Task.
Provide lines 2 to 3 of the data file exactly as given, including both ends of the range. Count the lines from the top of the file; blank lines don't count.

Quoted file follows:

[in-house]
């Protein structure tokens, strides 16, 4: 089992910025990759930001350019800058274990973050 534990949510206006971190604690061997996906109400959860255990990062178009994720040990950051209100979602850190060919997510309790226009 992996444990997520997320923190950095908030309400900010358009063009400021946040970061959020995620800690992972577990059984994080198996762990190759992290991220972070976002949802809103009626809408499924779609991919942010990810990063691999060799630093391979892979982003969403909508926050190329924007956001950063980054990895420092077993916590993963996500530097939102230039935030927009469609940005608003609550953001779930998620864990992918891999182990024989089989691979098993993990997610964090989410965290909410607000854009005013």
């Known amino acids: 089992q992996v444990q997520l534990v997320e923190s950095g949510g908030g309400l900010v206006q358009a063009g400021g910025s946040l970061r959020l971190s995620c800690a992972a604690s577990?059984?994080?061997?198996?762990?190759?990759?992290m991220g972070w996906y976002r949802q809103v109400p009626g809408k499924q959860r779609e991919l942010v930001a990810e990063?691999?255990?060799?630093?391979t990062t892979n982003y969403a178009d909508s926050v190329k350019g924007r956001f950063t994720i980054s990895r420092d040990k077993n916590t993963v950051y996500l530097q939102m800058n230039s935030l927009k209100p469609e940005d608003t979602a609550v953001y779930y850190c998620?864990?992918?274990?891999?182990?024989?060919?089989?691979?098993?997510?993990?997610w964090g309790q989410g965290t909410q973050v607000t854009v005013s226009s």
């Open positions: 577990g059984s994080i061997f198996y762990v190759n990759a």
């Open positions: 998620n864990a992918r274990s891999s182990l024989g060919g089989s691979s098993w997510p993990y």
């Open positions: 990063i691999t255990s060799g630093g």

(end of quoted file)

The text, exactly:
């Protein structure tokens, strides 16, 4: 089992910025990759930001350019800058274990973050 534990949510206006971190604690061997996906109400959860255990990062178009994720040990950051209100979602850190060919997510309790226009 992996444990997520997320923190950095908030309400900010358009063009400021946040970061959020995620800690992972577990059984994080198996762990190759992290991220972070976002949802809103009626809408499924779609991919942010990810990063691999060799630093391979892979982003969403909508926050190329924007956001950063980054990895420092077993916590993963996500530097939102230039935030927009469609940005608003609550953001779930998620864990992918891999182990024989089989691979098993993990997610964090989410965290909410607000854009005013």
């Known amino acids: 089992q992996v444990q997520l534990v997320e923190s950095g949510g908030g309400l900010v206006q358009a063009g400021g910025s946040l970061r959020l971190s995620c800690a992972a604690s577990?059984?994080?061997?198996?762990?190759?990759?992290m991220g972070w996906y976002r949802q809103v109400p009626g809408k499924q959860r779609e991919l942010v930001a990810e990063?691999?255990?060799?630093?391979t990062t892979n982003y969403a178009d909508s926050v190329k350019g924007r956001f950063t994720i980054s990895r420092d040990k077993n916590t993963v950051y996500l530097q939102m800058n230039s935030l927009k209100p469609e940005d608003t979602a609550v953001y779930y850190c998620?864990?992918?274990?891999?182990?024989?060919?089989?691979?098993?997510?993990?997610w964090g309790q989410g965290t909410q973050v607000t854009v005013s226009s």